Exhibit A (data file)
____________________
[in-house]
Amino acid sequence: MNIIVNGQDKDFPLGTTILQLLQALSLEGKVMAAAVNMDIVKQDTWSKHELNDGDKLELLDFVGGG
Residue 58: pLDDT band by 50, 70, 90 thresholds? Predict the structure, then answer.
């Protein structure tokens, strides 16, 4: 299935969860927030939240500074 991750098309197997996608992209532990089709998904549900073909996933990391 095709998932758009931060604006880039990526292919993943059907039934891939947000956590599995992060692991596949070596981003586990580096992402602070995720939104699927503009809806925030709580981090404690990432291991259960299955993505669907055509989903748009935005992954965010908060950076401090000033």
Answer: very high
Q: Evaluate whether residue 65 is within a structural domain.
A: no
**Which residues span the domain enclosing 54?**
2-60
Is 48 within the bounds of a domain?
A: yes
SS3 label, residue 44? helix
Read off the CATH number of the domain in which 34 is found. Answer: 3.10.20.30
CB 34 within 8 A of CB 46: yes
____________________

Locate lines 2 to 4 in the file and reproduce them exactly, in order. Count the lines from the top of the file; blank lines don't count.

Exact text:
Amino acid sequence: MNIIVNGQDKDFPLGTTILQLLQALSLEGKVMAAAVNMDIVKQDTWSKHELNDGDKLELLDFVGGG
Residue 58: pLDDT band by 50, 70, 90 thresholds? Predict the structure, then answer.
């Protein structure tokens, strides 16, 4: 299935969860927030939240500074 991750098309197997996608992209532990089709998904549900073909996933990391 095709998932758009931060604006880039990526292919993943059907039934891939947000956590599995992060692991596949070596981003586990580096992402602070995720939104699927503009809806925030709580981090404690990432291991259960299955993505669907055509989903748009935005992954965010908060950076401090000033």